On international trade forums, there are lots of stories shared about bad experience of working with a wrong sourcing in China:, they look daunting. However, you can avoid the majority by following right steps to successful
Step 1. Assess suppliers’ ability to communicate
Many buyers begin the process of sourcing from China by trying to looking for suppliers based on whether they can offer the product they want at the right quality level and price. But a supplier’s ability to communicate is equally important. In fact, poor communication between customers and suppliers is one of the major causes for manufacturing troubles.
Pay attention to the following when communicating with a potential supplier:
• Responsiveness – How long does it take for your main contact to respond to your questions, comments and concerns?
• Attention to detail – Are the responses you’re receiving thorough and complete?
• Clarity – Does the supplier communicate clearly so that you can easily understand?
Step 2. Request product samples from the factory
Requesting product samples is an easy, no-commitment option for narrowing down your list of potential suppliers. An important step when sourcing from China, asking for product samples helps you gauge whether or not the supplier can actually provide what you’re looking for. Most reputable suppliers are willing to send a product sample to interested parties for a relatively small fee.
Obtaining a sample lets you scrutinize every aspect of the product, from the parts and materials used to product dimensions and the supplier’s attention to fine details. With samples in hand, you can:
• Check parts against an approved bill of materials;
• Conduct lab testing for material composition for products like fine jewelry where quality of materials is important; and
• Run comparison testing against samples from different suppliers or an industry benchmark.
Step 3. Audit the supplier’s facility
An important part of finding the right supplier is visiting the factory to conduct an audit. This is as true of sourcing from China as it is anywhere. You may choose to visit the factory yourself, but most importers generally send third-party professionals to conduct a more formal audit. There are several common types of audits used to assess a factory, the most common of which is the supplier review for quality and capability.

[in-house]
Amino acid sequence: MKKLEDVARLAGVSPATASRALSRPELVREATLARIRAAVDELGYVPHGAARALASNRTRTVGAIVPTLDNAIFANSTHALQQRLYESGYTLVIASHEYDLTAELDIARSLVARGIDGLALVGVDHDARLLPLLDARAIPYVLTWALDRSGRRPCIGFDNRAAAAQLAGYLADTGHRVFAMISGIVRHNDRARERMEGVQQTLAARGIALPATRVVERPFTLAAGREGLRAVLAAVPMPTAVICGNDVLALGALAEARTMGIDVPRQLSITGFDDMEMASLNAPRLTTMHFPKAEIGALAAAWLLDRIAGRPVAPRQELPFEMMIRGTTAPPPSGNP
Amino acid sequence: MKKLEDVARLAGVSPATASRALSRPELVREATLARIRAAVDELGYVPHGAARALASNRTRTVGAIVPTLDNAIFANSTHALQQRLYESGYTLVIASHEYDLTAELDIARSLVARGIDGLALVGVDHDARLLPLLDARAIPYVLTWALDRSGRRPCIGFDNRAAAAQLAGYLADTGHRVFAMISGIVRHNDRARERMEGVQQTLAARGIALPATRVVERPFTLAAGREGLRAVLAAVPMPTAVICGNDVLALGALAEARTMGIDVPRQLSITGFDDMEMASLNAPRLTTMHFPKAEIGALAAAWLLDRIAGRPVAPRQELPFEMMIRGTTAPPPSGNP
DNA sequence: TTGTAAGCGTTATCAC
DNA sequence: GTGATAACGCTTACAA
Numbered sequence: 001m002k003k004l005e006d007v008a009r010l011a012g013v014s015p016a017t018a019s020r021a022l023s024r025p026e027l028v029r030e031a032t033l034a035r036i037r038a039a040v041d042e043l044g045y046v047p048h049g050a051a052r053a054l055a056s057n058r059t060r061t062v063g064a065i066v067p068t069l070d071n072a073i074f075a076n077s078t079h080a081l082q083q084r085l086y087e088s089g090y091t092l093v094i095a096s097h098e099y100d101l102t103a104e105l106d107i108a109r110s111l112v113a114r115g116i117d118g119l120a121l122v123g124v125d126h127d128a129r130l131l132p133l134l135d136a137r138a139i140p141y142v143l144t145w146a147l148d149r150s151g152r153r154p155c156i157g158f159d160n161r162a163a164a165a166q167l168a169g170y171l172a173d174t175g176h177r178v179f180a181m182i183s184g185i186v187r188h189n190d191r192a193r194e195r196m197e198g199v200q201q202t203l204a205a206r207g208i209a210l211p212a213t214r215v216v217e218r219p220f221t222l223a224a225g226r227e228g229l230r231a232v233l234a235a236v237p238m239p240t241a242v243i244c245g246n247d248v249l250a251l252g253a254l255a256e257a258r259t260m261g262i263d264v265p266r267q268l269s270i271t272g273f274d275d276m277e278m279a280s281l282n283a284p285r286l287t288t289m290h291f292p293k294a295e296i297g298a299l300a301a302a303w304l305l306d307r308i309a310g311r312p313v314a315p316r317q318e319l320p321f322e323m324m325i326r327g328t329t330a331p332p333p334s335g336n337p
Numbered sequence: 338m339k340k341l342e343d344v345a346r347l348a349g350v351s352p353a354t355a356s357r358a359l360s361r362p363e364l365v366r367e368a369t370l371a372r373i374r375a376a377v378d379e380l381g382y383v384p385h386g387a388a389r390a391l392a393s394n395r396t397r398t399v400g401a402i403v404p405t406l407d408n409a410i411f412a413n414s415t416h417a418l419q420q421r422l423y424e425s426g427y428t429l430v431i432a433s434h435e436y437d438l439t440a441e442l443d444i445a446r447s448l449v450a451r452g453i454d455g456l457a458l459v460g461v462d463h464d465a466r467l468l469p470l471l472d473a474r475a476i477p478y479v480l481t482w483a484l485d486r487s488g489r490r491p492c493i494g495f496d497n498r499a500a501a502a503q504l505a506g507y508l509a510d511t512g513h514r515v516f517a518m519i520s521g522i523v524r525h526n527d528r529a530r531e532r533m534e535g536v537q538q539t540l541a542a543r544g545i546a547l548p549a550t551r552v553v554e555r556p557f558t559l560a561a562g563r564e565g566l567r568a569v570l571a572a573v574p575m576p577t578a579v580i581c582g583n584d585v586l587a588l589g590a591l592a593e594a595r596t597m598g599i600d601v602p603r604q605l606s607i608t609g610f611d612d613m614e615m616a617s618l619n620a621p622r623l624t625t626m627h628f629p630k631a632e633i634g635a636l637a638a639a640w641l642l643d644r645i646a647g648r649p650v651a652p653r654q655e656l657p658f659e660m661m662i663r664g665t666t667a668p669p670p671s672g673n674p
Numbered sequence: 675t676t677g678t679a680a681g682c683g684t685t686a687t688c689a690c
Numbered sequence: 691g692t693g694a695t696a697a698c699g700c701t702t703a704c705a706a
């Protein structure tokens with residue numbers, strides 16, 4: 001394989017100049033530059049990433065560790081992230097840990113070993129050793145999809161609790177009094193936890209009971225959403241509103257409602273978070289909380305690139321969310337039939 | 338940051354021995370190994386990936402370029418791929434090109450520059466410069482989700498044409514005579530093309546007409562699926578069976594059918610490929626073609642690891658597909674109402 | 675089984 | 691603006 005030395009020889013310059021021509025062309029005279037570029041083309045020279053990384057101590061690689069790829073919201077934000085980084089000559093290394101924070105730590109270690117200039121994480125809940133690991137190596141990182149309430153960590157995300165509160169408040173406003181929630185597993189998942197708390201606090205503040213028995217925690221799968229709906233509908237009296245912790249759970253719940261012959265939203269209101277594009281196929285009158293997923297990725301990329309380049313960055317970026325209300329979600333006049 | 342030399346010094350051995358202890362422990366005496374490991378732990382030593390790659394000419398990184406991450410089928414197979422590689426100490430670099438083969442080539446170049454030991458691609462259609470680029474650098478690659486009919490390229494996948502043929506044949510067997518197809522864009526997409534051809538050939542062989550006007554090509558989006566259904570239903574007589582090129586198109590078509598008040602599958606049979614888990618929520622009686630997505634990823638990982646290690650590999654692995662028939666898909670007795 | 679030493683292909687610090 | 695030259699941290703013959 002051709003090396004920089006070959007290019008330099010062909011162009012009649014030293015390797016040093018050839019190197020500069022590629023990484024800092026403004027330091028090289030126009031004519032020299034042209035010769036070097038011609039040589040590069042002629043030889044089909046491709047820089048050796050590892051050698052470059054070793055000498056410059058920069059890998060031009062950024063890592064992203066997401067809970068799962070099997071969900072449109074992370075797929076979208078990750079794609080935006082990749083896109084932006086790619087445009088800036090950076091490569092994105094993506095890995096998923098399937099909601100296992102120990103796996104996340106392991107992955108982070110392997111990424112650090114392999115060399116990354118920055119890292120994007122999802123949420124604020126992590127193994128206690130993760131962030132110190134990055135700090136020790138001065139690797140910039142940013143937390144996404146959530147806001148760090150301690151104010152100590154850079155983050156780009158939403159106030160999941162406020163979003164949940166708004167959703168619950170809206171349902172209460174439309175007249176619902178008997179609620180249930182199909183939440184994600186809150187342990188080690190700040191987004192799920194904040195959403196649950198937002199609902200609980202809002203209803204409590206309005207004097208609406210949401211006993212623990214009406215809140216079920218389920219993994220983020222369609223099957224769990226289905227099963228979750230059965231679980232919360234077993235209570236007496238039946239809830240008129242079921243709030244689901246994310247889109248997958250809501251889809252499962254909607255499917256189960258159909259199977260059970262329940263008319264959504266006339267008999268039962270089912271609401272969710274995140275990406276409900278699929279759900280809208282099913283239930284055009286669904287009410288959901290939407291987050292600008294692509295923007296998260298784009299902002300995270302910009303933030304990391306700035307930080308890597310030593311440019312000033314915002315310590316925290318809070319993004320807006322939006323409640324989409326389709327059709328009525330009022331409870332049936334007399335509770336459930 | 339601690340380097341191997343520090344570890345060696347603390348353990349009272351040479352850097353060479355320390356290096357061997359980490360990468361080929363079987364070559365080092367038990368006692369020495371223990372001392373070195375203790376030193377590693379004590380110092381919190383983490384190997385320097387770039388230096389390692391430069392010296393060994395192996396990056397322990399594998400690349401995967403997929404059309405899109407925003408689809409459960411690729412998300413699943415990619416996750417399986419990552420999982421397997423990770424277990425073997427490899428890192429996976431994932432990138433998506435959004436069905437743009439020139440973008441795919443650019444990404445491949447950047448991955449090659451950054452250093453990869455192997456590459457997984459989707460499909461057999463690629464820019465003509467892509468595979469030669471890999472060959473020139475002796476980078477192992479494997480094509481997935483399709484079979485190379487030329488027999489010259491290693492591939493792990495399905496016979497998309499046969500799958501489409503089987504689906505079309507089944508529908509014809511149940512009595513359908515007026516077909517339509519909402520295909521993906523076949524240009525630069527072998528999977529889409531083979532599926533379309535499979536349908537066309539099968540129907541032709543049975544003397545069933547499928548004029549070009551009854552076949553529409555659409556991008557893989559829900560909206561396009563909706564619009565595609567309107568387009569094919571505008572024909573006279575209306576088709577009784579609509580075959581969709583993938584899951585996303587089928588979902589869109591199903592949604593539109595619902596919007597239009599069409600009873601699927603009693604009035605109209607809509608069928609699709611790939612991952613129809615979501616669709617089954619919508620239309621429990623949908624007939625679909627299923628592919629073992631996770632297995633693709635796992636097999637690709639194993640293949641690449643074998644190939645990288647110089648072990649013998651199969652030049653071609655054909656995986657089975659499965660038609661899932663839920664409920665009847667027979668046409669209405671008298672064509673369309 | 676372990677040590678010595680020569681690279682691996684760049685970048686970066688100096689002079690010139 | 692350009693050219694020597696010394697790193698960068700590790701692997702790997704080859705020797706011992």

Step 4. Set clear expectations for product requirements
If there’s one area of manufacturing importers is least likely to give adequate attention to, it’s setting clear expectations. It may seem like a simple concept, but unclear expectations are the chief cause of the majority of problems related to product quality, nonconformance to specifications and shipping delays.
You should attempt to set your expectations as soon as you make contact with a prospective supplier. But at this point, having likely chosen a supplier, there are a number of ways you should continue to do this throughout the sourcing process.
Step 5. Conduct product inspection
An importer can generally inspect a product at multiple stages of production. Which stage and how frequently to inspect largely depends on your budget for quality control, your shipping deadline and your product complexity. There are three main types of product inspection defined by when they occur:
• Pre-production inspection – A pre-production inspection typically looks at the raw materials and components that will be used in manufacturing a product.
• During production inspection – A during production inspection allows for checking the goods during various production processes, in addition to checking material use and workflow. This inspection type is especially beneficial for shipments of large quantities with continuous production, products that involve many different processes and products that are vulnerable to defects that can’t be reworked at the later stages of production.
• Final inspection – A final inspection is an important step before you pay for the order, it allows for sampling check of complete products, from safety, function, aesthetics, usability, as well as packaging.
When working with a new supplier, there’s always the potential for unforeseen issues. It’s impossible to predict everything that can go wrong. But you can protect yourself, your investment and your customers by following the above steps.